Special Edition  |  COVID-19 Update  |  May 8, 2020
A shopping mall in Houston reopens. REUTERS/Adrees Latif


Eight insights for economic recovery

How do we avoid a disastrous humanitarian crisis in developing countries as we emerge from the pandemic lockdowns? (Hint: cash transfers could be key.) Will economic justice be harder or easier to attain after COVID-19? (Easier.) How do we get our nation back to work? (Preserve existing jobs; don’t fire workers.) Should we focus on the surging federal debt? (Not yet.) These questions raise some of the central challenges as the United States and the world shift toward the recovery phase of the crisis. We have collected insights from Harvard Kennedy School faculty that can translate into practical choices being made by political leaders and administrators at the federal, state, and local levels. Among the contributors: Chris Avery, Linda Bilmes, Amitabh Chandra, David Deming, Karen Dynan, Rema Hanna, Carmen Reinhart, and Dani Rodrik.



Fighting mass infection will likely mean mass invasion, this time of our privacy. The whole premise of testing and tracing is that data can protect us…. The promise of the approach, however, depends on being utterly honest — about your symptoms, vitals, movements and interactions.

Nancy Gibbs, Director of the Shorenstein Center for Media, Politics and Public Policy, in the Washington Post


Assessing tradeoffs of moving fast to reopen vs. slowing to prevent spread

In 2018, Harvard Kennedy School’s Belfer Center for Science and International Affairs launched its Technology and Public Purpose Project, led by the Center’s director, Professor Ash Carter, the former U.S. secretary of defense. This project is even more relevant in the face of COVID-19. Its latest publication examines the very painful tradeoffs leaders make when they seek to expedite or even eliminate traditional safeguards in the name of trying to move at “pandemic speed.” From vaccines to therapeutics and diagnostics, the report raises fundamental questions about risks, rewards, and responsibilities. The report, “Considering Public Purpose in the Time of COVID-19,” steps back from the daily news flow to look at challenges that will shape the next phase of crisis response. As the paper notes, “This is a phase where we not only prevent the spread, but also build public resilience.”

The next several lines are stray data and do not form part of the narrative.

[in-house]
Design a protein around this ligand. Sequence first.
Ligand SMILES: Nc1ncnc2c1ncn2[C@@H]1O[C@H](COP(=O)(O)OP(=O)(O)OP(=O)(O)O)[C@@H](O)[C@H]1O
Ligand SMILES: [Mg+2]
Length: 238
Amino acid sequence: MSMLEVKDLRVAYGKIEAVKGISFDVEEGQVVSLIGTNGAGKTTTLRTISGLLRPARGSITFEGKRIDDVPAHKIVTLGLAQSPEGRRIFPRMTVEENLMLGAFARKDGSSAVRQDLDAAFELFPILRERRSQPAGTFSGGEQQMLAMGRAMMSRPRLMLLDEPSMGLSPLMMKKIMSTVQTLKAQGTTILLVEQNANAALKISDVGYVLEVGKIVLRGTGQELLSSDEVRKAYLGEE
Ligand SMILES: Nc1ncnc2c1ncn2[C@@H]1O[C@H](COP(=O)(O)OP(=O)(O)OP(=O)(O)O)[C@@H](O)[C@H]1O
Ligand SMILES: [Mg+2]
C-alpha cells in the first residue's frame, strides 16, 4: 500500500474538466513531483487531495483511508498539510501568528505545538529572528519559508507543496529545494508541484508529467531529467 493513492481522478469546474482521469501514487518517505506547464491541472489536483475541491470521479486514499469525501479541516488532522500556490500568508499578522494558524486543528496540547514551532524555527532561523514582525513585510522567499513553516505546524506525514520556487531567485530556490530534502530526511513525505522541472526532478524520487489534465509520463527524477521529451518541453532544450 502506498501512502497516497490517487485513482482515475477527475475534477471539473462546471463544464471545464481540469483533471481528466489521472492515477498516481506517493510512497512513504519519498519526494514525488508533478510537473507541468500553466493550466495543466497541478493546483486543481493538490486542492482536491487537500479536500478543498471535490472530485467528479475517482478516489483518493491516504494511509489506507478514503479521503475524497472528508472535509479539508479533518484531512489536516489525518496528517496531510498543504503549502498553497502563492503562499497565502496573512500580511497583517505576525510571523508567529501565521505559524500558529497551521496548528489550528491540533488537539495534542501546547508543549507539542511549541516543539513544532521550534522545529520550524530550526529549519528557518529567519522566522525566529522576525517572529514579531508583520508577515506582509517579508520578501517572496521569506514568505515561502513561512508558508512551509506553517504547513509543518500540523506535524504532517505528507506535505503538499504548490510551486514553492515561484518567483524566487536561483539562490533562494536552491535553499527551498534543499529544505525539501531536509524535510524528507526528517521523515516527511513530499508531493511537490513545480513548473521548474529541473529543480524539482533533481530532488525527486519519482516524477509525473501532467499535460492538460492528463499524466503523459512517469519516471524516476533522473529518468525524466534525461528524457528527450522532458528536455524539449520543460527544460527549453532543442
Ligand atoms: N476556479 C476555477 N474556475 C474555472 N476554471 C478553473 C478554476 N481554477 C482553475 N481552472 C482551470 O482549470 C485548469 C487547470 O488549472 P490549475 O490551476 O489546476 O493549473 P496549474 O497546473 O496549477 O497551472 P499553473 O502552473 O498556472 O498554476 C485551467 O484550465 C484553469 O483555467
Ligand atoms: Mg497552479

Why so many of us are watching films like "Outbreak," a Q&A with HKS Senior Lecturer Chris Robichaud


New policy tool helps countries carry out “data-responsive” containment

Professor Asim I. Khwaja, director of the Center for International Development (CID) at the Kennedy School, and Professor Matt Andrews, director of the Building State Capability Program at CID, are among members of a multi-university research team that has released a new proposal to help governments and agencies make informed choices to contain the pandemic. The proposal goes by the acronym SCALE – as outlined in Smart Containment with Active Learning: A Proposal for a Data-Responsive and Graded Approach to COVID-19. The methodology is being tested in Pakistan and other places with research team members supporting official responses. One goal is to generate the right data to enable graded decision making based on predicted impacts from different choices. One example: based on the number of people with health vulnerabilities, what’s the right pace for phasing out a lockdown and reopening? The proposal seeks to empower decision-makers with tools to conduct data-based analysis and drive policy by assigning each community to one of four alert levels – from green to red – and suggesting operational strategies for each level.


  • Given what we’re losing in GDP, we should be spending far more to develop tests [Lawrence Summers] Washington Post

  • Our narrative of success leads to unhappy retirements [Arthur Brooks] The Atlantic

  • Trump turned the death count into a story about himself [Juliette Kayyem] The Atlantic

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